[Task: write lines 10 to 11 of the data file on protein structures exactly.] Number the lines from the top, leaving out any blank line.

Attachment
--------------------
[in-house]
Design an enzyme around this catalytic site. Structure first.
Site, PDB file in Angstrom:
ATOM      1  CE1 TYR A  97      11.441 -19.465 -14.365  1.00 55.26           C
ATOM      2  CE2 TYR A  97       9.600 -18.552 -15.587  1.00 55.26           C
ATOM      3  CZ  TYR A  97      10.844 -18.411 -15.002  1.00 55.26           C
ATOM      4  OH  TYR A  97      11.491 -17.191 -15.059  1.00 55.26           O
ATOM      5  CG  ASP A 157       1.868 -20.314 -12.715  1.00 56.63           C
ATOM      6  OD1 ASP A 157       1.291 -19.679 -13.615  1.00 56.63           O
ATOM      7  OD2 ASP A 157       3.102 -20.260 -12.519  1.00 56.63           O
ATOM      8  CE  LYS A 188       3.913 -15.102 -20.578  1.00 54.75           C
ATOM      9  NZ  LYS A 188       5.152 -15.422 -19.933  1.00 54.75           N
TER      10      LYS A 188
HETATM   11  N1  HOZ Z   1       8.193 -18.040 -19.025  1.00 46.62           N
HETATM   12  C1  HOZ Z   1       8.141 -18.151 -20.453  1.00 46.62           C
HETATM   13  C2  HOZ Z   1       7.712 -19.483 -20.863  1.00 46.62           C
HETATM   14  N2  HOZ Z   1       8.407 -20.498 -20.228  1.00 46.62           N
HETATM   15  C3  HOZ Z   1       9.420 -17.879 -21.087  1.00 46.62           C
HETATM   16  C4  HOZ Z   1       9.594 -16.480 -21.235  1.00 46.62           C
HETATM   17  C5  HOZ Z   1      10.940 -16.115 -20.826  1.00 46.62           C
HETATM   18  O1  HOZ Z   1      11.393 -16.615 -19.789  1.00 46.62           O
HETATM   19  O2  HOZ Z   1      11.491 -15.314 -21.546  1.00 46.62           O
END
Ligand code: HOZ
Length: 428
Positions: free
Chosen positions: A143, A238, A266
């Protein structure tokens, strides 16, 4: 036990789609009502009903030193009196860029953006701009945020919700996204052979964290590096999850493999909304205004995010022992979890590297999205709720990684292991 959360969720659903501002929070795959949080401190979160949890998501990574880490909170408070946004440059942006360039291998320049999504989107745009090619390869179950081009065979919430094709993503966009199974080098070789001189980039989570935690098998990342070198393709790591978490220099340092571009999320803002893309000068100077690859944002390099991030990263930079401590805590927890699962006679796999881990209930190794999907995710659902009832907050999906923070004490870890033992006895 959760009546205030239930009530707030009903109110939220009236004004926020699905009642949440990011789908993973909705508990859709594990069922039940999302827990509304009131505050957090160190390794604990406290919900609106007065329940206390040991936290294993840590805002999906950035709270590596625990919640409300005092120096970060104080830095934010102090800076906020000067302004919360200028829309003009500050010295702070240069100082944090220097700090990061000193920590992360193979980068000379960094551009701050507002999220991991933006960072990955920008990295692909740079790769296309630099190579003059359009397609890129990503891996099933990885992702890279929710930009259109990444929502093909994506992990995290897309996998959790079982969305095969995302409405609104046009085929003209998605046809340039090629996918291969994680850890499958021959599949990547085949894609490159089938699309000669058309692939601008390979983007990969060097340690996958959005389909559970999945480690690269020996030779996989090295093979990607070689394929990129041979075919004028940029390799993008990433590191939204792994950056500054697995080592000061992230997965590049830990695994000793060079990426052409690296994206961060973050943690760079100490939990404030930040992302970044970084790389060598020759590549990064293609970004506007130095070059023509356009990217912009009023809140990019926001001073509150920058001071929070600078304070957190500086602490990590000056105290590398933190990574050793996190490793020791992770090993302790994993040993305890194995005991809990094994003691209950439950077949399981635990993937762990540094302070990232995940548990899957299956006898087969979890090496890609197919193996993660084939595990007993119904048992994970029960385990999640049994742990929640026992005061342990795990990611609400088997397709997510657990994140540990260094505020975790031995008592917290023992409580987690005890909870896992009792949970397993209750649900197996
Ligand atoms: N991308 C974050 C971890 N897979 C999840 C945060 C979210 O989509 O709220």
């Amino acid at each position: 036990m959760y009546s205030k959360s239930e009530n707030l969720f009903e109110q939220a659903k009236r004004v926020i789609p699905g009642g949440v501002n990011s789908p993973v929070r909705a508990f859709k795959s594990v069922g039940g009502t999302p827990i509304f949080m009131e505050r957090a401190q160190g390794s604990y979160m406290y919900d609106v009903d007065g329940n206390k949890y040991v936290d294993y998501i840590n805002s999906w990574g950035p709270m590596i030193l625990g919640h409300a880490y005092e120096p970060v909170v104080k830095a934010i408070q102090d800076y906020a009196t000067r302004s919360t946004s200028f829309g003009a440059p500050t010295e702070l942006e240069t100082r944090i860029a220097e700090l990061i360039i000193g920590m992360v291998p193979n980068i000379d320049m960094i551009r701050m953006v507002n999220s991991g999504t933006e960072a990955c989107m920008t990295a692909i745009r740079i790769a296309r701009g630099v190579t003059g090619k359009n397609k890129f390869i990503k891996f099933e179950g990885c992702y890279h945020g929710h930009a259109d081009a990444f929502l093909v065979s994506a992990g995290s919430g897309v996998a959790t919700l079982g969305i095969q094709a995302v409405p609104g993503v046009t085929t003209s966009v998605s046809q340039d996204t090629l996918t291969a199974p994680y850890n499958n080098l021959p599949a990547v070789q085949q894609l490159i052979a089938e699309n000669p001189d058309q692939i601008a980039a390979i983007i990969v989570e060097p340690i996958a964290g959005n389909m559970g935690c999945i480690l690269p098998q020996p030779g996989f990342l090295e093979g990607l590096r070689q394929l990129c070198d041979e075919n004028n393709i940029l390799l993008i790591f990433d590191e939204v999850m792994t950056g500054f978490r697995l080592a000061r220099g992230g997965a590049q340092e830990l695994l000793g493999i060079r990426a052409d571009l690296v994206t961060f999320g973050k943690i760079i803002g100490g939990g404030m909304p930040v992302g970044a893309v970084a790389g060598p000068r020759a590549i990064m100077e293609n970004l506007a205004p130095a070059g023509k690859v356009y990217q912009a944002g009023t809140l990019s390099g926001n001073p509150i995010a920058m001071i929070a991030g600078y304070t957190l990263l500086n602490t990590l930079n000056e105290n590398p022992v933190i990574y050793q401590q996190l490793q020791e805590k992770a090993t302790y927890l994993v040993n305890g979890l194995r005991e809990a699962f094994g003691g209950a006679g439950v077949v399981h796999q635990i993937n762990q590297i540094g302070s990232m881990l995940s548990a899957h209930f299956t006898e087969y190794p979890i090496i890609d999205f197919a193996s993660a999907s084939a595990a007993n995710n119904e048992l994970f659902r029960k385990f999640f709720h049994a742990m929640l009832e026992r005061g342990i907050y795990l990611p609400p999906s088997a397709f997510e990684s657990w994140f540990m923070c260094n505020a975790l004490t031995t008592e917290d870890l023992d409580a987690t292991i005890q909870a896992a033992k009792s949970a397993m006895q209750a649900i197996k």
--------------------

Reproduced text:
ATOM      7  OD2 ASP A 157       3.102 -20.260 -12.519  1.00 56.63           O
ATOM      8  CE  LYS A 188       3.913 -15.102 -20.578  1.00 54.75           C